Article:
Thursday, March 7/19– Janet flew down to Toronto from Ottawa a day early.  Craig Travel preferred she do that to make sure she was there for our flight tomorrow. Ottawa weather has been very bad this year. She stayed overnight at the Airport Hilton.  It is only a minute or two from the airport.  Quite large room with a king sized bed.  Only downfall were the very expensive prices in the restaurant at the hotel. The person on the plane beside her turned out to be Mrs. Woolaver from Grimsby.  She had just returned from Capetown two weeks ago where she was visiting her daughter who is a professor there.  She showed Janet photos of some places we will be going to.  Her husband is the Anglican priest in Grimsby who I have met before.

Friday, March 8 to March 9

I was up at 6:30, had breakfast.  Janet had ham and eggs for breakfast at the Hilton Airport Hotel.  The Airbus was supposed to pick me up at 8:20 but came at 8:50.  The Air Canada flight to Washington was delayed because one of the lavatories had to be fixed. Apparently it was frozen.  We were supposed to leave at 2:10 and we finally departed about 4 pm.  We flew low over Oakville and then Burlington and the Niagara peninsula.  It was neat to see the escarpment covered with snow.  Lake Ontario was blue but Lake Erie was all white, still frozen.

When we arrived in Washington it was snowing.  We got off the Toronto flight had to walk quickly to make our South Africa Airways flight but were kept waiting on the tarmac for a slot to have the pI lane de-iced.  We were supposed to leave Washington at 5:40 but finally took off about 7:30 pm.  Once up we were given supper. I had the chicken, Janet had meatballs and pasta.  I watched the movie, A Star is Born but it was hard to hear because at times, the noice of the plane was unusually loud.  We stopped in Dakar, Senegal about 2:30 am our time to let some passengers off and to refuel and change the crew.  They thanked us and ended their speech with “God Bless”.  Very nice and they serve really good tea!  We saw the sunrise and very dry dessert below.  There is now a 7 hour time difference.

We then flew another 7 hours to Johannesburg.  I had to go to the bathroom so badly, found a washroom but then had to run to catch up.  We had to get our luggage and check in and then run like we were on The Amazing Race to get the connection to Cape Town.  We made it and flew another 2.5 hours landing in Cape Town about 5pm Cdn time March 9th – 27 hours from when we were supposed to leave Toronto!  A bus drove us to The Presidents Hotel where we checked in and went to bed.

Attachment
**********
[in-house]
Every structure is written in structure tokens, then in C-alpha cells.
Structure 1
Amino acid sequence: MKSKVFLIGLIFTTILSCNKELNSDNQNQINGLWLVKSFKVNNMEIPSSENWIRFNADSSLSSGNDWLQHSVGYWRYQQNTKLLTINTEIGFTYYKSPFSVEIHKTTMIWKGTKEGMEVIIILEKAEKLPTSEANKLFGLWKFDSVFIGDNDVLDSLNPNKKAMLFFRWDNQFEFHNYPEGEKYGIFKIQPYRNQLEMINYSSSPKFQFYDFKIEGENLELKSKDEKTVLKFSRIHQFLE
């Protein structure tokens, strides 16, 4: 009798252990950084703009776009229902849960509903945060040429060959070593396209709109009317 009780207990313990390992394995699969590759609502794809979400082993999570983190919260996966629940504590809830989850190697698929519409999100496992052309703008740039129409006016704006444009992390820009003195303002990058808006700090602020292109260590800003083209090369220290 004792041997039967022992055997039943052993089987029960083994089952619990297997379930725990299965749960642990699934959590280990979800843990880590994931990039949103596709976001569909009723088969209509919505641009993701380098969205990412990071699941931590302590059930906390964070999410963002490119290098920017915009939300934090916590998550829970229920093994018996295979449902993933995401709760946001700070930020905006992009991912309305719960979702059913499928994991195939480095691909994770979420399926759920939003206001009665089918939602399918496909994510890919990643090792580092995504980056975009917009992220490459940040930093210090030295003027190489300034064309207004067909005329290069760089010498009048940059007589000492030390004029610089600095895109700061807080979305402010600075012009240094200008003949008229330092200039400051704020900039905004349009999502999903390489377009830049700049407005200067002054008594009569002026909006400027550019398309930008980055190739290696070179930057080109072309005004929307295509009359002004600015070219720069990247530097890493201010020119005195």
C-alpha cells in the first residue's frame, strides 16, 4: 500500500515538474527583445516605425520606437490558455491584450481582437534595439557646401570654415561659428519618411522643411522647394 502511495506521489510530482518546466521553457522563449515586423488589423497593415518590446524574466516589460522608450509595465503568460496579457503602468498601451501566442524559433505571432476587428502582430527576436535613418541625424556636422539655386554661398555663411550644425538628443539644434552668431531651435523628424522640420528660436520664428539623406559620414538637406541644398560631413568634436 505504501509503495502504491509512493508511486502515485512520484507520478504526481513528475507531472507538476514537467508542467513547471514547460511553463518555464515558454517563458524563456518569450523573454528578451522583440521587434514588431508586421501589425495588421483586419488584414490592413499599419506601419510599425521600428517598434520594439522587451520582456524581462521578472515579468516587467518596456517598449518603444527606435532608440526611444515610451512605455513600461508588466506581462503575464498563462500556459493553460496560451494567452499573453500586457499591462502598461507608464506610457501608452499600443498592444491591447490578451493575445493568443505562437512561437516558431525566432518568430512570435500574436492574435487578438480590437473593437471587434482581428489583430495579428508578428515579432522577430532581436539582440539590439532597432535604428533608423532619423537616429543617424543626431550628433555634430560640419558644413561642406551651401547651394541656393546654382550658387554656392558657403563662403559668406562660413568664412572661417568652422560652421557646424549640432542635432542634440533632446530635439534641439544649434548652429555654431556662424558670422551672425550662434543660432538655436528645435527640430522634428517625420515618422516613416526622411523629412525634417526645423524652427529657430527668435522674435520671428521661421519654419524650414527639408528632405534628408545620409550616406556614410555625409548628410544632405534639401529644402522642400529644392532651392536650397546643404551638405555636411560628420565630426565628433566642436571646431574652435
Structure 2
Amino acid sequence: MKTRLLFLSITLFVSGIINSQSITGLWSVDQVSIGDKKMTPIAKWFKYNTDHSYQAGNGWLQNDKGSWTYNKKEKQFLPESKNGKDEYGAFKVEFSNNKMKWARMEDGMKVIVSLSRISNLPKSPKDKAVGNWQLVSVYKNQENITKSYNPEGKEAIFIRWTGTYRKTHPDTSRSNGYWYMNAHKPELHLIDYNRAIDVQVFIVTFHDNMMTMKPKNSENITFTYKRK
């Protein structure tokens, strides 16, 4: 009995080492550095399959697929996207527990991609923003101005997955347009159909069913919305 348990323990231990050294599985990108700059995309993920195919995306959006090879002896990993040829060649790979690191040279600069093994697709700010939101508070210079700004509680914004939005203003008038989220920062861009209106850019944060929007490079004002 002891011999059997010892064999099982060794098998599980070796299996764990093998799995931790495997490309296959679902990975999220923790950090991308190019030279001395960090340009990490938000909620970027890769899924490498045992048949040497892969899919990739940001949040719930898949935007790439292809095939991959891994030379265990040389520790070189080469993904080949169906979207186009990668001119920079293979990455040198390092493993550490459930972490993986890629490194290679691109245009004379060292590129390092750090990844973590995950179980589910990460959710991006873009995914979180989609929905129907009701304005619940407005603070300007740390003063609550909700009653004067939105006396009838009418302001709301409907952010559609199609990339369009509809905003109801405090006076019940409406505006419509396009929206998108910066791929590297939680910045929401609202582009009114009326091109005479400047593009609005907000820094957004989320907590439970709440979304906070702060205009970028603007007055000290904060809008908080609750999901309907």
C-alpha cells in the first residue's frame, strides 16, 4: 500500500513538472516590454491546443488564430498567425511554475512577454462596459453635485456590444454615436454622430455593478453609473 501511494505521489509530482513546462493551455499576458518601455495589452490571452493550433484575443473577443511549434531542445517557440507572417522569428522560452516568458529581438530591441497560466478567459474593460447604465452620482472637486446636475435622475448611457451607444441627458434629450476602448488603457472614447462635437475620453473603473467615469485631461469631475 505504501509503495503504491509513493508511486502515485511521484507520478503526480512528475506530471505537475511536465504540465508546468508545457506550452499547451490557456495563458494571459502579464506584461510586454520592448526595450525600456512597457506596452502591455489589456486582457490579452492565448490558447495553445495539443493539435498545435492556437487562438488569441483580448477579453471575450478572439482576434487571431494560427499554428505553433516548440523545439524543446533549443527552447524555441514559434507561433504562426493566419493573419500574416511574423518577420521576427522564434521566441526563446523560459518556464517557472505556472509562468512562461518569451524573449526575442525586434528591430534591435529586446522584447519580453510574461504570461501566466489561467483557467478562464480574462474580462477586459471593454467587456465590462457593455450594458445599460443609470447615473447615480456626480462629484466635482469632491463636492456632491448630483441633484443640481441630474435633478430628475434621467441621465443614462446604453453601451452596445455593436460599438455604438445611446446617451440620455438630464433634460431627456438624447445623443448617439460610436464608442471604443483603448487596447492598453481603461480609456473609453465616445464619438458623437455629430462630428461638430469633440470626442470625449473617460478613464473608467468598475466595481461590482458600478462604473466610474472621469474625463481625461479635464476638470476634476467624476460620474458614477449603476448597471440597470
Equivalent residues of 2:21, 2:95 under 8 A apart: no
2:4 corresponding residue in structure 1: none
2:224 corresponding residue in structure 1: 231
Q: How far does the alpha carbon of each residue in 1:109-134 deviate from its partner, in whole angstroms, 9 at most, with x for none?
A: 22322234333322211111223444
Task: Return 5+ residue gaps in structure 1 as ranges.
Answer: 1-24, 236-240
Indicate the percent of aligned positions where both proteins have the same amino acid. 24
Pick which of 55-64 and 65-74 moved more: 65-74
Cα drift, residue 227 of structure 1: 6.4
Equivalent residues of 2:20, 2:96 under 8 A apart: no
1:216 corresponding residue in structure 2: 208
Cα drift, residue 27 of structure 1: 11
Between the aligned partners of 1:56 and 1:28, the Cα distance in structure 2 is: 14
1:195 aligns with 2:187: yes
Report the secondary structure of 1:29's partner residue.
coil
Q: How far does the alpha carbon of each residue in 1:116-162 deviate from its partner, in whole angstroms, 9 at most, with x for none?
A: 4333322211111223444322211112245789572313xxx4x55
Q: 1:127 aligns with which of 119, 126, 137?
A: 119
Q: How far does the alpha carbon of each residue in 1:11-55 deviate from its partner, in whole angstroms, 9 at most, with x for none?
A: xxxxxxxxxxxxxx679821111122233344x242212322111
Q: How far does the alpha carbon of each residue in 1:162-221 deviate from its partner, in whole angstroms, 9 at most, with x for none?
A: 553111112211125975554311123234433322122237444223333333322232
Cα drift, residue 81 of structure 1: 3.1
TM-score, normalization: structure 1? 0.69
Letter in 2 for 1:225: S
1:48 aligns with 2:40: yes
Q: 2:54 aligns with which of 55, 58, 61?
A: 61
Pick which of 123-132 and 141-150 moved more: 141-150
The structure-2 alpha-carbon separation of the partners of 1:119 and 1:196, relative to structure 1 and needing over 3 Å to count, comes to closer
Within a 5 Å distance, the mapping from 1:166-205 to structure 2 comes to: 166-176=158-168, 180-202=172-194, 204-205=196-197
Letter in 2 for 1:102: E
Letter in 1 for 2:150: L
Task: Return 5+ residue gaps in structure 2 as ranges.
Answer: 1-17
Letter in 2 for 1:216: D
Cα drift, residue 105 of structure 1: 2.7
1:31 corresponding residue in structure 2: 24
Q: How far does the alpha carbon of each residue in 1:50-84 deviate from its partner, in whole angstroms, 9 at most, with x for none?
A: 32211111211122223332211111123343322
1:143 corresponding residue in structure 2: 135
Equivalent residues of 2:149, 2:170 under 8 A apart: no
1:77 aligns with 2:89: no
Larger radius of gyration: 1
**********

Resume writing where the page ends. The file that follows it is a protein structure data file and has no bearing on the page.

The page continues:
Sunday, March 10 – Cape Town

We had breakfast in the hotel and were ready to leave by 8 a.m. because there is a huge International Bike Marathon with approximately 40,000 bikers in it so a lot of the streets will be closed to today.  We boarded the bus and drove around the city because Table Mountain was closed.  There was a large white cloud sitting on top of it like a tablecloth.  It was also very windy so the optional boat ride to Robbens Island was cancelled.

Cape Town was built because Dutch and English ships sailing east for spices needed to stop and refresh their stores of fruits and vegetables so the sailors did t get scurvy.  Sailors could see Table Mountain from 250 kms away.  The mountain is 1589 m high and very flat on top.  The population of Cape Town is 4 – 4.5. million.  In 2003 Cape Town was voted the best city in the world.  But now the unemployment rate is 27%, and up to 42% in some areas and for the young it is 67%.  There are 13 million illegals living in South Africa.  We drove by a several very poor sections of shanty towns where every third shack is inhabited by illegals.  There are some Govt housing projects but the people have to be taught how to clean and look after the house as many have never lived in one before.  They have 360 days of sun but solar power is very expensive.

Businesses are pulling out because of the crime, there are beggars on the streets.  They blame ex president Jacob Zuma for the corruption and bad decisions.  He had 4 wives and many girlfriends and 22 children.  South African Airways has been bailed out of bankruptcy 5 times. Many other big businesses like the transport, and electric are also going bankrupt, partly because of the BEP Black Economic Power. McDonald’s is solely BEP.  We passed the hospital where Dr. Christian Bernard performed the first heart transplant.